It can be overwhelming when trying to work out how much water you should be drinking. It is a common misconception that you should be drinking 3-4L a day which is simply unrealistic, unnecessary and may not be entirely safe. This poor distribution of information often leads to under drinking water, as the goal is simply unachievable. So, how much water should you be drinking? Let’s start by looking at where you get water from.

Water as a liquid drink is not the only source throughout the day. Food also has a lot of water in it, more then you may realise, and this contributes to your overall intake for the day. As you can see in the diagram above, the recommended range for each source is quite large. This is because it depends on your height/weight, your activity levels, your environment and your individual body needs. You also lose water throughout the day from different sources that can also vary. The most we lose comes out when you urinate followed by sweat, but did you also know that when you breathe you lose water from your lungs? Interesting hey!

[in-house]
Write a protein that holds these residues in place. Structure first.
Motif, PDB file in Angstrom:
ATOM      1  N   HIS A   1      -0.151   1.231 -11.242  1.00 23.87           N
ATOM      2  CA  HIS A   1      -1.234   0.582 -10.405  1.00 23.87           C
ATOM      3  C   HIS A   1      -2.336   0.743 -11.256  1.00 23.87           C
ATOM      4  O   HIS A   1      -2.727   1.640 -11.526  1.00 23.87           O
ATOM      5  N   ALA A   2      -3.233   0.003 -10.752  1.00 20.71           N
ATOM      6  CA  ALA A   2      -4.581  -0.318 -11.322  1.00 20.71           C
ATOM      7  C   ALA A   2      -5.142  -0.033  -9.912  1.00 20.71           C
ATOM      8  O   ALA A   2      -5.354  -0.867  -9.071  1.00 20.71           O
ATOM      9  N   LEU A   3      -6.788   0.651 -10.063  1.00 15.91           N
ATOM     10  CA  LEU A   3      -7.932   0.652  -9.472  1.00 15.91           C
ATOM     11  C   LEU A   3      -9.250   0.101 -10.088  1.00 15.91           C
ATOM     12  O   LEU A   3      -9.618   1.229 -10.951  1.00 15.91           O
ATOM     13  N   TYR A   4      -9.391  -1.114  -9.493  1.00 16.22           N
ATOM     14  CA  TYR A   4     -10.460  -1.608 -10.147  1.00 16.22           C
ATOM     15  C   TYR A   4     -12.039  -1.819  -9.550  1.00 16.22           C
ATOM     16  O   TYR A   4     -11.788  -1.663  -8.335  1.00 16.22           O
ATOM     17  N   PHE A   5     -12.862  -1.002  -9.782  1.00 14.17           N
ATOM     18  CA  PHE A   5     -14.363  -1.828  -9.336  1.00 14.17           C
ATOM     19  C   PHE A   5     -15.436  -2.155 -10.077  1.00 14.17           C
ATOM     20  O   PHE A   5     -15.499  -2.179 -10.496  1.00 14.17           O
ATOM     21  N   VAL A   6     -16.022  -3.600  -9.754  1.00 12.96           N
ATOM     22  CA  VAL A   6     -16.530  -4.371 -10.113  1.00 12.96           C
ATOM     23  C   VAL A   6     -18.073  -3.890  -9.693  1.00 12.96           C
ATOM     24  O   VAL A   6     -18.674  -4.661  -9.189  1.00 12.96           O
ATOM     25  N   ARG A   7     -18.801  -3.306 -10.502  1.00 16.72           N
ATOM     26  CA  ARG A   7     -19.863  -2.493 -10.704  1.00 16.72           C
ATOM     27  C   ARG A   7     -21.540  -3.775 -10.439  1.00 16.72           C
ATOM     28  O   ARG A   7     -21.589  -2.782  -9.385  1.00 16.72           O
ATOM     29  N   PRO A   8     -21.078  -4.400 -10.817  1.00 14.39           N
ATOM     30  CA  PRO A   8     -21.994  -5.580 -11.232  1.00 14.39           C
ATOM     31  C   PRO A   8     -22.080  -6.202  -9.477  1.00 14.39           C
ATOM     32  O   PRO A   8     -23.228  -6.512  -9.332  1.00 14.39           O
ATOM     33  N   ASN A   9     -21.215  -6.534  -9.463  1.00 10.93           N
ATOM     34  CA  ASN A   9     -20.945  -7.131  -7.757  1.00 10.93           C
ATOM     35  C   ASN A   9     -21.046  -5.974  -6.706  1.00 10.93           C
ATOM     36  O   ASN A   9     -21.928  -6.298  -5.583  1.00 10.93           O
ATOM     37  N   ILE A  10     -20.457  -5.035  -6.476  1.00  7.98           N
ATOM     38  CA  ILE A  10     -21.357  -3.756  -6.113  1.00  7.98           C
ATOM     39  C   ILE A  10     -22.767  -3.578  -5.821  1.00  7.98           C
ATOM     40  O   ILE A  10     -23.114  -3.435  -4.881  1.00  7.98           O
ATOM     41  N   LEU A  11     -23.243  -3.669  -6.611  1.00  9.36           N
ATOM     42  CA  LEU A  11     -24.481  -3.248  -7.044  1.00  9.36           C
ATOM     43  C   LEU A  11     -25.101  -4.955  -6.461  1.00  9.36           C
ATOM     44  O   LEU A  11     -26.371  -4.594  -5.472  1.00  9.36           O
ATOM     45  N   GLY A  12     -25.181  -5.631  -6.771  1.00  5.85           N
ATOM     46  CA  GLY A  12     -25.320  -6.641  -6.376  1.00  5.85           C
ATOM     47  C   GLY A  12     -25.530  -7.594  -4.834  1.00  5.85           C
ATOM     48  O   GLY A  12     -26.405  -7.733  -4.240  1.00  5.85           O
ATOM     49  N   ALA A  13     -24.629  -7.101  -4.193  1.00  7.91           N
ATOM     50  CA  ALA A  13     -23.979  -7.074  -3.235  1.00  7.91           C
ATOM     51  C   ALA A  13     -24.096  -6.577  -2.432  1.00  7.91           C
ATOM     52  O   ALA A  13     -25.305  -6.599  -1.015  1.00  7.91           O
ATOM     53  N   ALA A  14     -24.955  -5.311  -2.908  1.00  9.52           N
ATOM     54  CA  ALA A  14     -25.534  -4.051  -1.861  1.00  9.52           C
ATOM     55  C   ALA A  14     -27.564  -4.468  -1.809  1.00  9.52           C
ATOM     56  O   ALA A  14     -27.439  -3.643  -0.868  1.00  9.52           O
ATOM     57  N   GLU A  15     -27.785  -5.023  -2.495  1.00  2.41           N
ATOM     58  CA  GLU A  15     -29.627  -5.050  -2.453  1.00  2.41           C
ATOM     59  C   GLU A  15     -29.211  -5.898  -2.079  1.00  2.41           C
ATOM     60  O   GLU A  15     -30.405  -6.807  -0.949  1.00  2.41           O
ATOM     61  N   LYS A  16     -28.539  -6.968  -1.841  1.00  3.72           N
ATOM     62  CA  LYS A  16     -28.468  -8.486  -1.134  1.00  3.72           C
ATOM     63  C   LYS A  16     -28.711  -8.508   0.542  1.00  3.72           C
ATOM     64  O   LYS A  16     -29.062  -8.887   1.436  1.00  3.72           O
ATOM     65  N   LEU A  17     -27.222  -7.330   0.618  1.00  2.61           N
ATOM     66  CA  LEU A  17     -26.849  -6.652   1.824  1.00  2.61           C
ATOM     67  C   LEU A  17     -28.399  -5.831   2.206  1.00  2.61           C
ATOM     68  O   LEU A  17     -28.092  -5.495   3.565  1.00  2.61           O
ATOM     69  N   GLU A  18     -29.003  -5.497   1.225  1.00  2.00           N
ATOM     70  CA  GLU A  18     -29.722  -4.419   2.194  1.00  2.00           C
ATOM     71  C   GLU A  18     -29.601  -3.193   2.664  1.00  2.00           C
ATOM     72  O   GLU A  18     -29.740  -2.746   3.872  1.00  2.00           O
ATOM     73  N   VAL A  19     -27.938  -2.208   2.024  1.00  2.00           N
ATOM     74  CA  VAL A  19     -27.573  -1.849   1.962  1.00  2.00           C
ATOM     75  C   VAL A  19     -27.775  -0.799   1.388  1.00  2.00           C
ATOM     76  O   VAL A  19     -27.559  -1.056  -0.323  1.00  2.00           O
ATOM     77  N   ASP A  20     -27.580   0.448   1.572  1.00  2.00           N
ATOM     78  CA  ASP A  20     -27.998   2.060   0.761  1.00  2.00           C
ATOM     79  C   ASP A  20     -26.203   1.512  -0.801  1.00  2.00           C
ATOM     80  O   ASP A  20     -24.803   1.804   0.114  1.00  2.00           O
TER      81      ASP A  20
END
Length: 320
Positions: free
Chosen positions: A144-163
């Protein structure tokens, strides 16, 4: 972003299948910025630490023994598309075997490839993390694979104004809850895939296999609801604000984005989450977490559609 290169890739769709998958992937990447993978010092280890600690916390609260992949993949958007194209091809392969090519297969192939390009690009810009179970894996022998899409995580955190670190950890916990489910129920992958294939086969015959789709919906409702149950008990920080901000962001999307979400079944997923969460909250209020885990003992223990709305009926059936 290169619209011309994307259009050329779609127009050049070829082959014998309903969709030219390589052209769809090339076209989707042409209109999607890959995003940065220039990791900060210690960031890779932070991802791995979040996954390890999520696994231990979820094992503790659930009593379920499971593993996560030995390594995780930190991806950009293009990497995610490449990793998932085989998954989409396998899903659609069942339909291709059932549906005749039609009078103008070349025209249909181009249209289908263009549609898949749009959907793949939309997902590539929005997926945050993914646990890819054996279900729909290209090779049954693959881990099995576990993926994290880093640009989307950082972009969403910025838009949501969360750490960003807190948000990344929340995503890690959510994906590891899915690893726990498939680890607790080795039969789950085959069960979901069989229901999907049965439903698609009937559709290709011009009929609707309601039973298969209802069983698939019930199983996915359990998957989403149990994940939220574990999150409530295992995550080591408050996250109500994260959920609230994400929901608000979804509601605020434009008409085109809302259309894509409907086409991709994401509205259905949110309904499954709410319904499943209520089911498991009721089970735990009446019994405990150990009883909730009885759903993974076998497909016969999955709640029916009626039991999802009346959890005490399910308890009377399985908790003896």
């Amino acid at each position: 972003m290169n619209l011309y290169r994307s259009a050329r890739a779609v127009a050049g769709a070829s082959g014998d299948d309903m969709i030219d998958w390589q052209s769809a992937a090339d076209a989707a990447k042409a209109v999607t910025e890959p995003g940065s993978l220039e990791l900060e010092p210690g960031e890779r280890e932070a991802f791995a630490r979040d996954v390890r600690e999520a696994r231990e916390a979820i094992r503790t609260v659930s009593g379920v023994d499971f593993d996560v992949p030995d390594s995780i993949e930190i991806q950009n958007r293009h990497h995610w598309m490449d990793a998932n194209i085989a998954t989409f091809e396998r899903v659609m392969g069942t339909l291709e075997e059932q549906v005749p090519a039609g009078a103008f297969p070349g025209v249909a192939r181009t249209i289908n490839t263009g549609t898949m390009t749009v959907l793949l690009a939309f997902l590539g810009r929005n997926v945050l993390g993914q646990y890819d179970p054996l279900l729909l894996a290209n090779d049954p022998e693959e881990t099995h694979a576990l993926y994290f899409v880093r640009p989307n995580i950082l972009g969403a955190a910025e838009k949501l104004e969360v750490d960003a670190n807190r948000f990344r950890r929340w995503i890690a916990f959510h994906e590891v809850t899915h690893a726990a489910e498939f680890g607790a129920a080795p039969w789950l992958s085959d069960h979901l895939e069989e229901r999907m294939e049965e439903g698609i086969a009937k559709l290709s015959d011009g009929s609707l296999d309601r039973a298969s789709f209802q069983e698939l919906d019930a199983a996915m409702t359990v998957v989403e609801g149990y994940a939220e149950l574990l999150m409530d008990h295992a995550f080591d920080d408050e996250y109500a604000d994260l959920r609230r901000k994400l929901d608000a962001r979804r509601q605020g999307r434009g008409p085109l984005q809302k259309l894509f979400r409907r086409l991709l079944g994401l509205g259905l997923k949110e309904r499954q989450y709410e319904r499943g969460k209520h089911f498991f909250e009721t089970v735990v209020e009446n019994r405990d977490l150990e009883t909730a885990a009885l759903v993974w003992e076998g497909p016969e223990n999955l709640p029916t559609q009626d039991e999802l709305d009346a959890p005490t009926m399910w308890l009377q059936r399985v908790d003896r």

Depending on what you eat throughout the day can also determine how much water you need to drink as different foods have different levels of water. In the diagram below, you will find a list of foods and their water content.

Whilst all of this is interesting, you don’t need to calculate how much water you consume from your food to work out how much water you should be drinking from your water bottle. There is a very simple and easy way to determine how much water you should be drinking each day and that’s by looking at the colour of your urine. It may seem gross but it’s the most effective way to see if you are hydrated.

The diagram above outlines the different colours you should be looking out for and what is normal. This simplifies hydration and individualises it for each person. Your body is smart and tells you every day about how many times you should be filling up your water bottle. This means no matter where you go or what you eat, you will always be able to tell if you are hydrated.


  1. Whitney E, Rolfes SR, Crowe T, Walsh A. Understanding nutrition. 4th ed. Melbourne: Cengage Learning Australia; c2019.


April 11, 2022 — Jayde Williams